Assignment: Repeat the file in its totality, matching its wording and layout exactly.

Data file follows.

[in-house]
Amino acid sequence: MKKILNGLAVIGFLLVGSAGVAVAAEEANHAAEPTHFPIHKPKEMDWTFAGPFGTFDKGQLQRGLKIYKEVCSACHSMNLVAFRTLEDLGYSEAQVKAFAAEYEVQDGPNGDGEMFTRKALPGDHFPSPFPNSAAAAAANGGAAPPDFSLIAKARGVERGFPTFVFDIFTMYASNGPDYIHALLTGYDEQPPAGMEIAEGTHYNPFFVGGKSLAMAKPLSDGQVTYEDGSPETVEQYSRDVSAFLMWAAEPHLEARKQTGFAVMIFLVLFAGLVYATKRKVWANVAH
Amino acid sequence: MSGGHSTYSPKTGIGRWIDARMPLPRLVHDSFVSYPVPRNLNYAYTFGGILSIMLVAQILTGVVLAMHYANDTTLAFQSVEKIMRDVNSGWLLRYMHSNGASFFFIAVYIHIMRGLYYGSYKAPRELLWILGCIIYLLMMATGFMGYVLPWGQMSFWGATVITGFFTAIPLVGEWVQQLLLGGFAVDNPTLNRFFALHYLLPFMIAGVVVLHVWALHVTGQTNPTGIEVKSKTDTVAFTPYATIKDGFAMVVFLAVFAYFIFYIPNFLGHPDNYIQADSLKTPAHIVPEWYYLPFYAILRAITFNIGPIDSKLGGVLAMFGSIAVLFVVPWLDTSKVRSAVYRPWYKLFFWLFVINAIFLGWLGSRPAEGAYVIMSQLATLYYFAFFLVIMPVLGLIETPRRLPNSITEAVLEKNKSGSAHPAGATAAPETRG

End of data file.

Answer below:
[in-house]
Amino acid sequence: MKKILNGLAVIGFLLVGSAGVAVAAEEANHAAEPTHFPIHKPKEMDWTFAGPFGTFDKGQLQRGLKIYKEVCSACHSMNLVAFRTLEDLGYSEAQVKAFAAEYEVQDGPNGDGEMFTRKALPGDHFPSPFPNSAAAAAANGGAAPPDFSLIAKARGVERGFPTFVFDIFTMYASNGPDYIHALLTGYDEQPPAGMEIAEGTHYNPFFVGGKSLAMAKPLSDGQVTYEDGSPETVEQYSRDVSAFLMWAAEPHLEARKQTGFAVMIFLVLFAGLVYATKRKVWANVAH
Amino acid sequence: MSGGHSTYSPKTGIGRWIDARMPLPRLVHDSFVSYPVPRNLNYAYTFGGILSIMLVAQILTGVVLAMHYANDTTLAFQSVEKIMRDVNSGWLLRYMHSNGASFFFIAVYIHIMRGLYYGSYKAPRELLWILGCIIYLLMMATGFMGYVLPWGQMSFWGATVITGFFTAIPLVGEWVQQLLLGGFAVDNPTLNRFFALHYLLPFMIAGVVVLHVWALHVTGQTNPTGIEVKSKTDTVAFTPYATIKDGFAMVVFLAVFAYFIFYIPNFLGHPDNYIQADSLKTPAHIVPEWYYLPFYAILRAITFNIGPIDSKLGGVLAMFGSIAVLFVVPWLDTSKVRSAVYRPWYKLFFWLFVINAIFLGWLGSRPAEGAYVIMSQLATLYYFAFFLVIMPVLGLIETPRRLPNSITEAVLEKNKSGSAHPAGATAAPETRG